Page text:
Call it Mitch envy.
Shortly after the university announced last Friday he was stepping away from the job he truly loved for the past decade, Purdue President Mitch Daniels’s various text, email and phone inboxes began filling up. Hoosiers were urging Daniels to run for governor, for president, for mayor of Carmel or Indianapolis.
When “Based in Lafayette” journalist Dave Bangert asked the former Indiana governor about his prospects, Daniels responded, “I don’t have any right now.” The key phase was “right now.”
Knowing Mitch Daniels, it’s hard not to think that as he told the Purdue trustees earlier this spring that the “Daniels Decade” was coming to an end, he didn’t have a Plan A, a Plan B and a Plan C developing inside the man that Washington Post columnist George Will described at the 2011 CPAC as “never has there been a higher ratio between mind and mass.”
Daniels had intricately mapped out two terms as governor before taking the oath, and then created the Purdue landing spot once his term ended in 2013.
Informed and reliable sources tell Howey Politics Indiana that the discussion of a Daniels return to the Statehouse Second Floor office has been broached, at least among key allies. Gov. Eric Holcomb is term-limited, creating an open seat in 2024. But one longtime ally told me that he doesn’t expect another Daniels political run … right now.
Indiana has had six two-term governors since 1972 (Doc Bowen, Robert Orr, Evan Bayh, Frank O’Bannon, Daniels and now Holcomb), with Henry Schricker serving as the 36th and 38th governor for one term each during World War II and again in 1949 (Gov. Isaac P. Gray served out the term of Gov. James Williams in 1880 and 1881 and was elected to a full term in 1884). There has never been a three-termer. According to the INGov website updated on Friday, the governor holds the office for four years and can choose to run for reelection. The governor is not eligible to serve more than eight years in any 12-year period.
Daniels was a strong governor between 2005 and 2013, setting in motion the Republican dominance that has resulted in General Assembly super majorities that began in 2014 and continue to this day while labor unions have been weakened. He never ran a negative TV ad during his campaigns, since emulated by Govs. Mike Pence and Holcomb. He was viewed as “transformative” because of his audacious scope (Major Moves, BMV streamlining, and the 2011 educational reforms) and conspicuous use of political capital (like the time he coaxed suburban counties to start a tax that helped build Lucas Oil Stadium in downtown Indianapolis).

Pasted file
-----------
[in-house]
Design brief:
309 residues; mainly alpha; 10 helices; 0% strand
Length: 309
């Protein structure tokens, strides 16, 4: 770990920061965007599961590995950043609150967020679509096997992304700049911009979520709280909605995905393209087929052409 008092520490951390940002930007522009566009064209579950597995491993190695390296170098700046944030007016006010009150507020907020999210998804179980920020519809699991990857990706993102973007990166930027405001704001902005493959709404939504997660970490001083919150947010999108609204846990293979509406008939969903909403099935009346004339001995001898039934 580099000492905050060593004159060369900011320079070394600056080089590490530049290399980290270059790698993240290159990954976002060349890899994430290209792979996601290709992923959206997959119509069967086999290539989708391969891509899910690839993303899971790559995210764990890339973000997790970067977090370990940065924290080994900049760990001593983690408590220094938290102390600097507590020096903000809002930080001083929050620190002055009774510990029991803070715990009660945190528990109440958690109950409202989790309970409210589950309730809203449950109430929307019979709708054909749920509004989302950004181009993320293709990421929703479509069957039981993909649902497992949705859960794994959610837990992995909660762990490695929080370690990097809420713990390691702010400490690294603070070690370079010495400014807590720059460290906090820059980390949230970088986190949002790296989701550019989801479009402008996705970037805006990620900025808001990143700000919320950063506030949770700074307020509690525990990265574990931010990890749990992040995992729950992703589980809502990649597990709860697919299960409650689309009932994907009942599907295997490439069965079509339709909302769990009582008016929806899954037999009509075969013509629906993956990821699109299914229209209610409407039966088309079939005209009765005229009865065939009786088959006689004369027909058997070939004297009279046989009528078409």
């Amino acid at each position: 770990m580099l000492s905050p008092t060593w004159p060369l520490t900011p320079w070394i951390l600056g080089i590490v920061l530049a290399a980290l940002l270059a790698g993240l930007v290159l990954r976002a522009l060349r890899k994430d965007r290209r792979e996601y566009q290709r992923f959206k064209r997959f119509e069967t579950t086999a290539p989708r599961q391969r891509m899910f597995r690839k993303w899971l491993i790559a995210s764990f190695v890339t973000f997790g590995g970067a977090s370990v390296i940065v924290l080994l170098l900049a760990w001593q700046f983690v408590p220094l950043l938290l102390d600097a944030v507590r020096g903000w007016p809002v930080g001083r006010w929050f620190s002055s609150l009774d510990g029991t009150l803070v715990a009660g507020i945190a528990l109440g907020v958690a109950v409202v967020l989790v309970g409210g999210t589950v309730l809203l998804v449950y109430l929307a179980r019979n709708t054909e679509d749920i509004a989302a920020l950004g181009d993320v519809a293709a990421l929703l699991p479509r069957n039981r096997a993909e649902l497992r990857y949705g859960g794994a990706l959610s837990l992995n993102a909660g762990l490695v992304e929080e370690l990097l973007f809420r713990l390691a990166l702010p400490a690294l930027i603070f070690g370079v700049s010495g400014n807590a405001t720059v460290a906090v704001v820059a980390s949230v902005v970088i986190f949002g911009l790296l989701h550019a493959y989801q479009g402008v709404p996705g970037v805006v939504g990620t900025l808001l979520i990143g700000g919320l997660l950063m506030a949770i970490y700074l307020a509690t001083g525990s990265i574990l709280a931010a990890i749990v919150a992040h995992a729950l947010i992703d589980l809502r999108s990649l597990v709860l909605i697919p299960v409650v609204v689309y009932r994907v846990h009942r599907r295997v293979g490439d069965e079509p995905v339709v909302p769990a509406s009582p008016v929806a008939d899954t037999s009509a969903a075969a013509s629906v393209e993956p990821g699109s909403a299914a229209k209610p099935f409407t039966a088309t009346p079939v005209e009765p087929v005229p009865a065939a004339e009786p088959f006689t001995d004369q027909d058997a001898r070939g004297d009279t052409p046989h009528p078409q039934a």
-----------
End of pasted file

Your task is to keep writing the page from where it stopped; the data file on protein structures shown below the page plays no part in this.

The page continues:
As he was leaving the Statehouse in December 2012, Daniels cited the “skills gap” — the needs of high tech employers and not enough available workers – as a goal unfulfilled. “Most of the other factors, we’re pretty good at, you know, cost, infrastructure, taxes and regulatory climate. We’re as good as the competition or better on most of those. We clearly aren’t there with match of skills and jobs,” he told HPI as he was packing up his office.
A week ago, the Indiana Commission on Higher Education released an “alarming” report that just 53% of the class of 2020 going to college, a decline of 6% since 2019 and 12% over the past five years. In his annual letter to the Purdue community earlier this year, Daniels asked, “Where are all the men?” It was a question raised by the decline in male enrollees. So right there is “unfinished business” that the 73-year-old Purdue president might want to have another crack at.
But Daniels’ also told the Lugar Series graduating class a couple of months ago that it was time for a program graduate to become a governor, meaning it’s time for a female governor. Lt. Gov. Suzanne Crouch is a Lugar Series graduate. “As a member of the Indiana House, I had the privilege of working with Gov. Daniels during his eight years in office,” Crouch said. “Mitch is a great leader and a champion for Hoosiers. Together, we tackled some of the biggest challenges facing our state.”
Currently only Eric Doden has announced for the 2024 gubernatorial race, though U.S. Rep. Trey Hollingsworth, Lt. Gov. Crouch, and former state senator Jim Merritt are positioning for a run, while U.S. Sen. Mike Braun and U.S. Rep. Jim Banks are mulling their options. Ditto for Indiana Republican Chairman Kyle Hupfer. The most likely Democrat nominee is former senator Joe Donnelly.
Daniels supporters were crushed when he decided not to run for the Republican presidential nomination in 2012. The notion of Daniels appearing on a debate stage with Donald Trump or President Biden in 2023 and 2024 would be a fascinating development. But with the MAGA fever still mostly unabated, it is hard to imagine Daniels finding traction in today’s national cult-like GOP.
There’s another potential job opening in 2024, that of Major League Baseball commissioner. Current Commissioner Rob Manfred’s term ends in two years. If there were to be a perfect landing spot for the former governor, the 10-year president of Purdue, the former White House budget director, it might be above the diamond, where plenty of challenges await.
Brian Howey is publisher of Howey Politics Indiana at www.howeypolitics.com. Find Howey on Facebook and Twitter @hwypol.
Brian Howey: Indiana will await Mitch’s next major move